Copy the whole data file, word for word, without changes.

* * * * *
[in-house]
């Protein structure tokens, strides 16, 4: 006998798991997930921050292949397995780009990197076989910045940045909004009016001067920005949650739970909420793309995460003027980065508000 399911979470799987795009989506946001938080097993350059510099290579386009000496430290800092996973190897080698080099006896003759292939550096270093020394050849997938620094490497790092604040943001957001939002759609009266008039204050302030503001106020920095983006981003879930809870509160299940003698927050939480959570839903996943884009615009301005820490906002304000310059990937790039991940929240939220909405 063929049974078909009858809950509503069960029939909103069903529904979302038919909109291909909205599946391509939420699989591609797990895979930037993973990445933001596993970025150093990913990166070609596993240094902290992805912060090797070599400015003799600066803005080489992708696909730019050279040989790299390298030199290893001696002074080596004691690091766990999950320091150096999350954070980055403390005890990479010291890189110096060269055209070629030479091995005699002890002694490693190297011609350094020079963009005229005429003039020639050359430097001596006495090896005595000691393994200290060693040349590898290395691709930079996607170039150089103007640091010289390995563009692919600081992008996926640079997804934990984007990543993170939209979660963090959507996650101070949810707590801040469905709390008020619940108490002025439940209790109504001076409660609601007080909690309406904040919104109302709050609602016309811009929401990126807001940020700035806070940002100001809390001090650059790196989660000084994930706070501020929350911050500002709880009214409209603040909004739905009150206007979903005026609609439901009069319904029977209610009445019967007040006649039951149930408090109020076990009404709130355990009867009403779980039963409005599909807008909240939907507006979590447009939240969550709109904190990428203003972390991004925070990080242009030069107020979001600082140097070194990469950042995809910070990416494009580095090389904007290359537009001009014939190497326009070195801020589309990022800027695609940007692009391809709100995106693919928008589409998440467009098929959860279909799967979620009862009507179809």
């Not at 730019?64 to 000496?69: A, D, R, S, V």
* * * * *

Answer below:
[in-house]
């Protein structure tokens, strides 16, 4: 006998798991997930921050292949397995780009990197076989910045940045909004009016001067920005949650739970909420793309995460003027980065508000 399911979470799987795009989506946001938080097993350059510099290579386009000496430290800092996973190897080698080099006896003759292939550096270093020394050849997938620094490497790092604040943001957001939002759609009266008039204050302030503001106020920095983006981003879930809870509160299940003698927050939480959570839903996943884009615009301005820490906002304000310059990937790039991940929240939220909405 063929049974078909009858809950509503069960029939909103069903529904979302038919909109291909909205599946391509939420699989591609797990895979930037993973990445933001596993970025150093990913990166070609596993240094902290992805912060090797070599400015003799600066803005080489992708696909730019050279040989790299390298030199290893001696002074080596004691690091766990999950320091150096999350954070980055403390005890990479010291890189110096060269055209070629030479091995005699002890002694490693190297011609350094020079963009005229005429003039020639050359430097001596006495090896005595000691393994200290060693040349590898290395691709930079996607170039150089103007640091010289390995563009692919600081992008996926640079997804934990984007990543993170939209979660963090959507996650101070949810707590801040469905709390008020619940108490002025439940209790109504001076409660609601007080909690309406904040919104109302709050609602016309811009929401990126807001940020700035806070940002100001809390001090650059790196989660000084994930706070501020929350911050500002709880009214409209603040909004739905009150206007979903005026609609439901009069319904029977209610009445019967007040006649039951149930408090109020076990009404709130355990009867009403779980039963409005599909807008909240939907507006979590447009939240969550709109904190990428203003972390991004925070990080242009030069107020979001600082140097070194990469950042995809910070990416494009580095090389904007290359537009001009014939190497326009070195801020589309990022800027695609940007692009391809709100995106693919928008589409998440467009098929959860279909799967979620009862009507179809």
């Not at 730019?64 to 000496?69: A, D, R, S, V």